In the fall of 1995, Smashing Pumpkins, the Chicago-based alternative band who cracked the Billboard 200 Top 10 in August 1993 with Siamese Dream, released the anticipated studio follow up, Mellon Collie and the Infinite Sadness. The sprawling 26-song double album Corgan then referred to as The Wall for Generation X highlighted the lead songwriter's penchant for abstract lyricism and expansive, evocative instrumental arrangements that owed much to the psychedelic rockers who came decades before him.
At the 1996 Hall of Fame induction ceremony, a twentysomething Corgan inducted Pink Floyd, with David Gilmour, Nick Mason and the late Richard Wright on hand to accept their awards. "The first album I heard was Dark Side of the Moon, which as we all know is probably one of the best albums of all time," said Corgan, a self-professed "fan" of the band. "I first heard this album in The Wall era, which to me, at my tender age of 14, was too creepy, too intense, too nihilistic – of course, these are all the things I believe in now."
Hunched over, arms and elbows leaning against the podium to meet the microphone, Corgan spoke candidly about the personal connection he had with Pink Floyd's music. "When I was 17 years old, my grandmother was diagnosed with cancer, and it was one of the most painful periods of my life, " said Corgan. "And the Pink Floyd song 'Wish You Were Here' seemed to sum up everything that I was feeling. And when I couldn't take what was going on in my life with her dying, I listened to that song over and over, and it still makes me cry, it's such a beautiful song.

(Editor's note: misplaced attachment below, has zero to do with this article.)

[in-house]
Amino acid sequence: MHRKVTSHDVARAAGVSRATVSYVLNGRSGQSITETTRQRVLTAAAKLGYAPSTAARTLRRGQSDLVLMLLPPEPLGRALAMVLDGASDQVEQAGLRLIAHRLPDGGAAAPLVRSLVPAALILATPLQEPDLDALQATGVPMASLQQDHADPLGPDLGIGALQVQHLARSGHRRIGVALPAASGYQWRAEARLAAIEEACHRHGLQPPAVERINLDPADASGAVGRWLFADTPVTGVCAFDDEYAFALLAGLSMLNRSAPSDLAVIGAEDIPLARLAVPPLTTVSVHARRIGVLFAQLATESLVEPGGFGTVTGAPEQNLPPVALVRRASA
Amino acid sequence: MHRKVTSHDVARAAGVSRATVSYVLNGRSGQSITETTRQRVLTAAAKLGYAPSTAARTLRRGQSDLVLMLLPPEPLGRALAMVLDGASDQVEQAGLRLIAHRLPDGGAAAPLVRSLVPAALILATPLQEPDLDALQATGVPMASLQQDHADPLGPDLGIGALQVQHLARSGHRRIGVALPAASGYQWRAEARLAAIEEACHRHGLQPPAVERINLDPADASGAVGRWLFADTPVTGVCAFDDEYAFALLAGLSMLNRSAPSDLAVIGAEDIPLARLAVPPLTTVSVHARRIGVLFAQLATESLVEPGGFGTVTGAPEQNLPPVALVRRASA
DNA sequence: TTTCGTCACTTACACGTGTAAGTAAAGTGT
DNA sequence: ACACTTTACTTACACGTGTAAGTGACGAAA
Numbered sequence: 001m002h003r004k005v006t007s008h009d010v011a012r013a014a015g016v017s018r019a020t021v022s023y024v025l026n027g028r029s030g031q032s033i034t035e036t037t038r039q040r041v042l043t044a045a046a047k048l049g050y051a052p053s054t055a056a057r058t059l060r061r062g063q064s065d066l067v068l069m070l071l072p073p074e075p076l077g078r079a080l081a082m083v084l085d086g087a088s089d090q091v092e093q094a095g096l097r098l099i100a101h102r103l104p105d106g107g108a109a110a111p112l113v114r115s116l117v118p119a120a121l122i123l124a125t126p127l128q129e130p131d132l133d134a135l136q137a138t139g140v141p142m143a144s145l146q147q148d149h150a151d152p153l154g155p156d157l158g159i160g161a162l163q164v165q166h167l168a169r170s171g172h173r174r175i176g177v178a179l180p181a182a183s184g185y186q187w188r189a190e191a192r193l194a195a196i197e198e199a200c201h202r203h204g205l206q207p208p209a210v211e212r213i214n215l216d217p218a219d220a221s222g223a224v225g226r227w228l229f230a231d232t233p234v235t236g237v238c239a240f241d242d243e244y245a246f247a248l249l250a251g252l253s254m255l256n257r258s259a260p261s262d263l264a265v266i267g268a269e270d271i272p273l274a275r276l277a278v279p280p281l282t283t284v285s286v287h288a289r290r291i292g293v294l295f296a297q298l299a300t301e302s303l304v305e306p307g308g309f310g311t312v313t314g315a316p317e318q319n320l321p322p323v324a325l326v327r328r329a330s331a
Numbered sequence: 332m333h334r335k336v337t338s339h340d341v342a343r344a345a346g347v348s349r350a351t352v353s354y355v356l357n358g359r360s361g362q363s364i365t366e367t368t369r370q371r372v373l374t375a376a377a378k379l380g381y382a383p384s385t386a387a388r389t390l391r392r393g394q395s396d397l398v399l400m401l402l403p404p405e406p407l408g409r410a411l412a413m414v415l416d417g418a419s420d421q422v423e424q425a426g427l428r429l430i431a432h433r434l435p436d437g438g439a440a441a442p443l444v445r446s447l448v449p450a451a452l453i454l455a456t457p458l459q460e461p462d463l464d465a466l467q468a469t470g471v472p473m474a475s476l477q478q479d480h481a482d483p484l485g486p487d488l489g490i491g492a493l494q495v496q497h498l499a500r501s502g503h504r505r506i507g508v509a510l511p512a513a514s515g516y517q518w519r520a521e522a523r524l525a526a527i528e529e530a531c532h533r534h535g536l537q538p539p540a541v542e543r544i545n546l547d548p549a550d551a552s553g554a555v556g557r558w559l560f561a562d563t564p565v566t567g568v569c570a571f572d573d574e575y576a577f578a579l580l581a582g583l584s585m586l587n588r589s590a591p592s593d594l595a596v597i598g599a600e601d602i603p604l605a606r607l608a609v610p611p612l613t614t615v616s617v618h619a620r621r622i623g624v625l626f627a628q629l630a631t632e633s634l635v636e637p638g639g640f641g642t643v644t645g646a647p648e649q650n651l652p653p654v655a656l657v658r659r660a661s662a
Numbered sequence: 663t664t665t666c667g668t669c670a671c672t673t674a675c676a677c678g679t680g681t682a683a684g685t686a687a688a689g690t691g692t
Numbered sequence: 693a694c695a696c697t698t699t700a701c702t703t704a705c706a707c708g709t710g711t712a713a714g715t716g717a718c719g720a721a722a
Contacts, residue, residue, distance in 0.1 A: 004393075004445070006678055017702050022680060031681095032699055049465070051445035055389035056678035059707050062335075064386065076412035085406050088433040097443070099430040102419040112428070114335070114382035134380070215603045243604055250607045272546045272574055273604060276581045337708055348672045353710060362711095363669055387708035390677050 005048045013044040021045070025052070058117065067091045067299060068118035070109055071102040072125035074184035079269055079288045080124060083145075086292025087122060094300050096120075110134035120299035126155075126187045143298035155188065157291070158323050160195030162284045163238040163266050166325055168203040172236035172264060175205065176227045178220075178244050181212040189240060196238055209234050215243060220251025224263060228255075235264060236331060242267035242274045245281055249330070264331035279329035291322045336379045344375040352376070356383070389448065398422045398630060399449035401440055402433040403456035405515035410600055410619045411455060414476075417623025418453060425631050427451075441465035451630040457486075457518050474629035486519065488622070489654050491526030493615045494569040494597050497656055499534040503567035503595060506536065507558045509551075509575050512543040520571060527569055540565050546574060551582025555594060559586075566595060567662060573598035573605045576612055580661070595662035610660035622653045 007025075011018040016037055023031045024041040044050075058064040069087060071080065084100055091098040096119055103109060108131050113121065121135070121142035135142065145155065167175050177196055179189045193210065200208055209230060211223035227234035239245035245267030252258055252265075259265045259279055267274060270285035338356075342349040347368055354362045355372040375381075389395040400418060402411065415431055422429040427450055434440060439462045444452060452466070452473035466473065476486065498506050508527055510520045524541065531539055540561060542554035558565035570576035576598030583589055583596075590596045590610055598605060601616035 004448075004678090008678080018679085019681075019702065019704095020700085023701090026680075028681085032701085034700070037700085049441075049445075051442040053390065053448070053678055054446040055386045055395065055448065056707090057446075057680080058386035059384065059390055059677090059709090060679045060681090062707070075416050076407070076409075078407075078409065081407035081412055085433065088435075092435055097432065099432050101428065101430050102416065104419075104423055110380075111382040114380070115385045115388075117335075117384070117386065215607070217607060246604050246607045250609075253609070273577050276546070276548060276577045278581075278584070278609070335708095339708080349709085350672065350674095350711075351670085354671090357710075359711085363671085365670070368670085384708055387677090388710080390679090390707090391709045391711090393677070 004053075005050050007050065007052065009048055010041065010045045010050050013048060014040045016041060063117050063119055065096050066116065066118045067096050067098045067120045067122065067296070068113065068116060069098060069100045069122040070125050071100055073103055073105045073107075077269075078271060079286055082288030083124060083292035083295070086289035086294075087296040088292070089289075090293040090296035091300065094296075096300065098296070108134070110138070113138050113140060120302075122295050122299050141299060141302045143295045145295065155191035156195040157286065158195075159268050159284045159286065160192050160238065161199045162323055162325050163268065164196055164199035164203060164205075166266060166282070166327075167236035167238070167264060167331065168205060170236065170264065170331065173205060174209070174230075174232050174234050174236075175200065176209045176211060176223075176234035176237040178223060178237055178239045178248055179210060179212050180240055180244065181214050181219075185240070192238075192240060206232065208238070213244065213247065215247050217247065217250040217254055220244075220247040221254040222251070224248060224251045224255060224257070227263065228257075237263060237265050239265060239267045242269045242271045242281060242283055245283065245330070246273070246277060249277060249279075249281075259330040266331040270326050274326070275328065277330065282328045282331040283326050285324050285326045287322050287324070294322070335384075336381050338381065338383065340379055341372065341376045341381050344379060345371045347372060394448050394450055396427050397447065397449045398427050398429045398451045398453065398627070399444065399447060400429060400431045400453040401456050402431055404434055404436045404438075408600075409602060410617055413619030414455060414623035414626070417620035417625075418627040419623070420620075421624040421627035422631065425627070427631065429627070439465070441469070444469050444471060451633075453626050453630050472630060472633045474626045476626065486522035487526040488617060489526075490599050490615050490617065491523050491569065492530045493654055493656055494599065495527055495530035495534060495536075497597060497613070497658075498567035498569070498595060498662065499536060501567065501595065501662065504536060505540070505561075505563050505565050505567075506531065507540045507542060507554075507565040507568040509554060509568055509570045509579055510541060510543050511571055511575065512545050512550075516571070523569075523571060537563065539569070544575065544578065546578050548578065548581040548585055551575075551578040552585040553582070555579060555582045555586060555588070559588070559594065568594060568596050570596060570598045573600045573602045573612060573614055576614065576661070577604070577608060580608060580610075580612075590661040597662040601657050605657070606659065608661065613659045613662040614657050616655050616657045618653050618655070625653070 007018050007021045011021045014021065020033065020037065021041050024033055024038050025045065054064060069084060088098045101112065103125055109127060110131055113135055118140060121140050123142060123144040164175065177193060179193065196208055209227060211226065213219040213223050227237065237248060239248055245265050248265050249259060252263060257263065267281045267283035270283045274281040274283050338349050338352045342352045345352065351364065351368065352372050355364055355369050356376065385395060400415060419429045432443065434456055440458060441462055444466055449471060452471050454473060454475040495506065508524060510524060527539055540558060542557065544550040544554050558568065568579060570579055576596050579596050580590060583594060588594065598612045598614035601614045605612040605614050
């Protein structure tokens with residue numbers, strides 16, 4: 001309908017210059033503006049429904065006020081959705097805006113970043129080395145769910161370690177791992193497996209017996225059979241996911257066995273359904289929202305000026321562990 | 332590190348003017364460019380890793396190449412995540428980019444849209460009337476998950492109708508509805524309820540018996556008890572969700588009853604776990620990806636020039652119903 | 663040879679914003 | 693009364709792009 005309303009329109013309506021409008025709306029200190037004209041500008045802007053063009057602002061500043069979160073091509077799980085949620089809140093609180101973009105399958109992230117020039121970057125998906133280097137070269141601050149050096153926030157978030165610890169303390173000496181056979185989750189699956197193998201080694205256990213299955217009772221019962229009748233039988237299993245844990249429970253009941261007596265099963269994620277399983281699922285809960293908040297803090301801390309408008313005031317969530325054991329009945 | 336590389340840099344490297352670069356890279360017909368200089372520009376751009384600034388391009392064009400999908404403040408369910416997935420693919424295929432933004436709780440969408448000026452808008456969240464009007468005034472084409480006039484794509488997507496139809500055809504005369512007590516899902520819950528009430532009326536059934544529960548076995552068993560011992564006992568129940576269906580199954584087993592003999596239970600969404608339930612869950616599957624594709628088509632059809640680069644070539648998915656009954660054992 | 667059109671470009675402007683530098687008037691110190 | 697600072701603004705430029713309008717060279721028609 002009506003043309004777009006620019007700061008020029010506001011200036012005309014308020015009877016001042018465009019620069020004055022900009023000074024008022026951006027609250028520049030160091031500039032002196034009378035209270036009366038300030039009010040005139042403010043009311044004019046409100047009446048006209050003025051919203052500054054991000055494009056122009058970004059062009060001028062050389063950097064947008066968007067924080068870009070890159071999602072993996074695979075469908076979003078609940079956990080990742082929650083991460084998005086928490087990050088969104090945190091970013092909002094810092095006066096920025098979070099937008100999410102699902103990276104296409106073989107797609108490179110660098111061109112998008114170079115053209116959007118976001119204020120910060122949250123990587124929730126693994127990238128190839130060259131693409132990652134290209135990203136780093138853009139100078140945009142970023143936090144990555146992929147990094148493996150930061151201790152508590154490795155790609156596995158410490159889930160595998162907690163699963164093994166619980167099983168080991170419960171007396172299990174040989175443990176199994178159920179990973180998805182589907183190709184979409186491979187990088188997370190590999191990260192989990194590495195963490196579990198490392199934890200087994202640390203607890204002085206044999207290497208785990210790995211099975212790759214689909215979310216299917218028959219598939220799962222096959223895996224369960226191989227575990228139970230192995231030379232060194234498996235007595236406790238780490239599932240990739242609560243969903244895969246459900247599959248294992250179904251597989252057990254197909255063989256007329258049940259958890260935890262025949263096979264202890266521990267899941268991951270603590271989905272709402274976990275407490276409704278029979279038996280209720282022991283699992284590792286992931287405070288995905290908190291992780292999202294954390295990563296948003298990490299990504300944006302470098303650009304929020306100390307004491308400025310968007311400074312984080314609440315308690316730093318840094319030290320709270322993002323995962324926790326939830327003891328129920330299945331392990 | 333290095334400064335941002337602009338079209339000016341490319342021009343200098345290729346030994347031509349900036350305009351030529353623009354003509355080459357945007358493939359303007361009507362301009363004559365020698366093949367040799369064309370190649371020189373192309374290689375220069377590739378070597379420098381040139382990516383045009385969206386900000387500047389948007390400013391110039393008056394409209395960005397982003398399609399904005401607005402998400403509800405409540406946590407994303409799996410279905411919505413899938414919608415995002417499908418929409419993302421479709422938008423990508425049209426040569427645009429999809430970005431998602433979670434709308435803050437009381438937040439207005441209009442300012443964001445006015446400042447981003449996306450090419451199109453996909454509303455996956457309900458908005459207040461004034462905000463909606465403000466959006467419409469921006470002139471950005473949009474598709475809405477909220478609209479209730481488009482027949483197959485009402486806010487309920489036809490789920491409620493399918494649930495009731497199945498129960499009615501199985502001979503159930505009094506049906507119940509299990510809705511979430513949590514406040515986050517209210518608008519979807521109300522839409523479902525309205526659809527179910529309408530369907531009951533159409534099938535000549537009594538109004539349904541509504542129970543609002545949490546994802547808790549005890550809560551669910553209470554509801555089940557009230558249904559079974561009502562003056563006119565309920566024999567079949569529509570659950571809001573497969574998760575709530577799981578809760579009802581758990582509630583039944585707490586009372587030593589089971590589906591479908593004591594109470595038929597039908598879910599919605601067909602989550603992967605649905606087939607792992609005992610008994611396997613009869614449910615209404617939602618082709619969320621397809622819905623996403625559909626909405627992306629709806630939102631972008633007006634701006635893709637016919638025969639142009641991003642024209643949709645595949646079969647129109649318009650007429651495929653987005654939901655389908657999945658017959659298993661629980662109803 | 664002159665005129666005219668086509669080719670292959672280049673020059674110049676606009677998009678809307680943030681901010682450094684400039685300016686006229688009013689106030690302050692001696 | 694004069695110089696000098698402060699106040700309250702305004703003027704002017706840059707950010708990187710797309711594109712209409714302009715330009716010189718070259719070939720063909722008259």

"When you're 17, 'heaven from hell, blues skies from pain' – it means a lot," added Corgan. "And so this why I think I'm here at this particular moment to thank them for everything they've ever done."
The title track of Pink Floyd's 1975 album and a David Gilmour composition, "Wish You Were Here" was among the highlights of an album that most notably explored Floyd founding member Syd Barrett's detachment from his bandmates – and much the world around him – amid speculation of mental illness exacerbated by drug use. In this clip, Corgan joins Wright and Gilmour for a powerfully subdued performance of the song.